A great piece of writing accomplishes everything it sets out to achieve.
- The love letter that wins her heart.
- The email that lands the deal.
- The Facebook ad that catches fire.
In tandem, some copy inevitably dies on the vine.
- The blog no one opens.
- The recruiting brochure no one reads.
- The website copy that explains nothing and bounces visitors away.
Why do some compositions kill while others flop?
Membership has it privileges
1974: American Express launches its legendary “Do You Know Me” campaign to market the debut of the now famous Green Card. The campaign depicted a series of well known, card-carrying celebrities, including Stephen King, Robert DeNiro, Martin Scorsese, and many others.
The use of these individuals was purposeful. The ad writers at Ogilvy and Mather knew what they were doing.
As a result, American Express credit cards were positioned and perceived as having more prestige than competitors’. They presented them as badges of achievement and passports to a better lifestyle as portrayed by their celebrity spokespeople. American Express cards were in the pockets of people with undeniable status. Members of an exclusive club. People with privileges.
As a result, the Amex Green Card was seen as something more than a mere charge card. If you had one in your wallet, you felt like the people in the ads. You were more important than others. You were special. A cut above the rest.
Hence, the Amex campaign wasn’t positioned around selling a credit card. It sold the brand by telling a story of influence. Power. Status. Accomplishment. The very things the brand represented. The ad writers knew that if they targeted the masses, the copy would be convoluted. The theme, disjointed and watered down. If they targeted everyone, their message would resonate with no one.
Instead, they focused on a very specific type of customer. One they knew intimately.
That plan worked out quite well.
What every great copywriter knows
When a piece of writing works, it’s no accident. The love letter that stole her heart succeeded because the author knew his subject. He was clear about the emotions he hoped to stir. He carefully chose words he believed she would want to read. Words that made her feel special. Appreciated. Respected. Loved.
The letter was intimate. Personal. Real.
These are the attributes of great copywriting that extend well beyond a love letter. It’s the core of what great marketing copy is all about as expressed clearly through those Amex ads. And so many others like them.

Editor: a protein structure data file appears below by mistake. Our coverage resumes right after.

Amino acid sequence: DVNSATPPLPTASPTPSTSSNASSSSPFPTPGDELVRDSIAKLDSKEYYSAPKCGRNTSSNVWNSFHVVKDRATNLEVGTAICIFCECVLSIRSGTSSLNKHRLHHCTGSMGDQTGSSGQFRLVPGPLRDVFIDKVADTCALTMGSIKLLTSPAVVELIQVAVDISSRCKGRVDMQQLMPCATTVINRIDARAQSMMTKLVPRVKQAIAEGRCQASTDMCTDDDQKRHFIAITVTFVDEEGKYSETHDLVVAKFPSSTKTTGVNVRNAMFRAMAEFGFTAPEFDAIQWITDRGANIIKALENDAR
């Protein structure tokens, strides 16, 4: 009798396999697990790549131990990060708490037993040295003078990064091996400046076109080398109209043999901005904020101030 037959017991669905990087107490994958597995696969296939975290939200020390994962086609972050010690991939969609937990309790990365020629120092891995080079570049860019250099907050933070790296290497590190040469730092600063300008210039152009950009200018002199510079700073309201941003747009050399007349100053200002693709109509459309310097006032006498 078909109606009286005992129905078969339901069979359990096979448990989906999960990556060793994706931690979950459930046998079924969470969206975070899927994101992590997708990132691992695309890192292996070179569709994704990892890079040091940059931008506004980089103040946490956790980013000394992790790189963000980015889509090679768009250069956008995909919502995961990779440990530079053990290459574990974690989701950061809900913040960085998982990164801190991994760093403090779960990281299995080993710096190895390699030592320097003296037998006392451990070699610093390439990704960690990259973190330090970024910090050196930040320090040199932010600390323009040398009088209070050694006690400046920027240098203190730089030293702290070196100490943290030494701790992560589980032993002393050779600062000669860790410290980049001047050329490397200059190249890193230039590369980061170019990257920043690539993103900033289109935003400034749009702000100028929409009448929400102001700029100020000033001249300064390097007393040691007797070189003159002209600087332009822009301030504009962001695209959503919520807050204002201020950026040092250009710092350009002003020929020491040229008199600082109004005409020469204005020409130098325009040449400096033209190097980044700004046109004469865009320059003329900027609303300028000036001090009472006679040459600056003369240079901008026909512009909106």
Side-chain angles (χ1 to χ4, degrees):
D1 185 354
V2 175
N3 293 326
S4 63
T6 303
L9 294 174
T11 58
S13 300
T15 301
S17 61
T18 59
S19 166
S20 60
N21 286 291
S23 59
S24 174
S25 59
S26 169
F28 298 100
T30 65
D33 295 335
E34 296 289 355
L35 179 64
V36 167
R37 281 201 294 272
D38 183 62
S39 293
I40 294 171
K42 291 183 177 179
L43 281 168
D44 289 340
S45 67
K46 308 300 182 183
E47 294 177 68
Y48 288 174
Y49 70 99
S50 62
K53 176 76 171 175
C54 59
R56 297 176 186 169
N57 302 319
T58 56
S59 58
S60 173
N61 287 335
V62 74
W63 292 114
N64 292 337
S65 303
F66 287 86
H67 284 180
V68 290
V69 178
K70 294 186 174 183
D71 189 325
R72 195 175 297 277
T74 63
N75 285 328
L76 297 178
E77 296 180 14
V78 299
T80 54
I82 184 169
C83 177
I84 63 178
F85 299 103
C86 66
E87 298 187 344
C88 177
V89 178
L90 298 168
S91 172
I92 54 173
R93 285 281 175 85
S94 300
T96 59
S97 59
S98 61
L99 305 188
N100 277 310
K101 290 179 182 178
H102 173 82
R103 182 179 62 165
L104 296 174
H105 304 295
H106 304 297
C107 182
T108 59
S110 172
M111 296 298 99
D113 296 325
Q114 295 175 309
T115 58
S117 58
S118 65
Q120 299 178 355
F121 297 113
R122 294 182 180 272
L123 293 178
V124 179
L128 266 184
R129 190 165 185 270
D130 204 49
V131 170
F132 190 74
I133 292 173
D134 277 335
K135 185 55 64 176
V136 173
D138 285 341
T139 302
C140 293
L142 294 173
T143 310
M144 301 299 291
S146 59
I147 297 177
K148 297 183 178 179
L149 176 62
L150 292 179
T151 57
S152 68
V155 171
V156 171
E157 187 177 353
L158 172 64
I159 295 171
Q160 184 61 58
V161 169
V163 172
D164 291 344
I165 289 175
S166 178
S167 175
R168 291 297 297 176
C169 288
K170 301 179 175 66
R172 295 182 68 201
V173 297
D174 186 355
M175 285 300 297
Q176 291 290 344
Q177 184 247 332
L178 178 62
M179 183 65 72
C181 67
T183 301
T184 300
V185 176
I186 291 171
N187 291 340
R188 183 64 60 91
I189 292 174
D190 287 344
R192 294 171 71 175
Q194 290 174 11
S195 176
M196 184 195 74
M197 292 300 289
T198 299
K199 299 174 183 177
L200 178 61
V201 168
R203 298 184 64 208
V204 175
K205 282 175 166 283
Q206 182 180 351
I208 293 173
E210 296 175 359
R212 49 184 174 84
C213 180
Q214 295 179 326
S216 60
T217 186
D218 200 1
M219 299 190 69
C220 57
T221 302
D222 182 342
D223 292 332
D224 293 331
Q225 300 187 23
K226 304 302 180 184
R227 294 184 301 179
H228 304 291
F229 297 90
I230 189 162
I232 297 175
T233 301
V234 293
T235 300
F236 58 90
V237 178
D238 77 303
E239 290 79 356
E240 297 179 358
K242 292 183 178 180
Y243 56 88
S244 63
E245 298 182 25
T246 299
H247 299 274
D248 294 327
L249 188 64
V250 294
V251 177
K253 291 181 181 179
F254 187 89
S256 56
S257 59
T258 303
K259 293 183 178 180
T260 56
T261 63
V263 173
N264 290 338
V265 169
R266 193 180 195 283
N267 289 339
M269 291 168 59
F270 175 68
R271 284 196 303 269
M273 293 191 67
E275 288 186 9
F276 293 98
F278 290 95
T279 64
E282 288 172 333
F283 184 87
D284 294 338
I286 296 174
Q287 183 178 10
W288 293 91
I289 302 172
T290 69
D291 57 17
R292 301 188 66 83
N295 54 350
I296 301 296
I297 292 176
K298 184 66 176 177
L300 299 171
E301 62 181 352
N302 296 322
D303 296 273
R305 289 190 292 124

Words that sound good are nice. But words that tell the stories your customers believe speak directly to them create a bond.
How it’s done
You’re a tech vendor selling software to the real estate masses. You’re a marketing director at a brokerage trying to create a campaign that elevates your company over the 75 others in your market. You’re an MLS fighting to convey the value you bring to your members.
The way to begin in any situation is to do what the writers at Ogilvy and Mather did – delve deep into your subject to gain an intimate knowledge of who you are writing to.
How that’s done is through an exercise designed to construct character types that make up your brand’s primary customer base. These types or personas provide a tangible depiction of who your copy is talking to, much like how scriptwriters create characters for their stories.
Who is our customer? How old are they? What motivates them? What concerns them? What are their goals? What are their hobbies? What do they have in common with others? What needs are they looking to fulfill through their purchase or acquisition of services?
These are some of the many, many questions to ask when developing these personas.
Humanizing your “leads” and putting names, faces and personality traits to your “consumers” will impact and improve the style, feel, and beat of your message to them. Your ads, emails and web copy will become more direct, authentic and personal.
You will speak words people will relate to. They will feel like you’re talking directly to them.
The deeper you delve into the person you are hoping to influence with your words, the better you will understand what makes them tick. It is then, and only then, that a copywriter can begin to conceptualize a campaign that matters and the words that need to follow.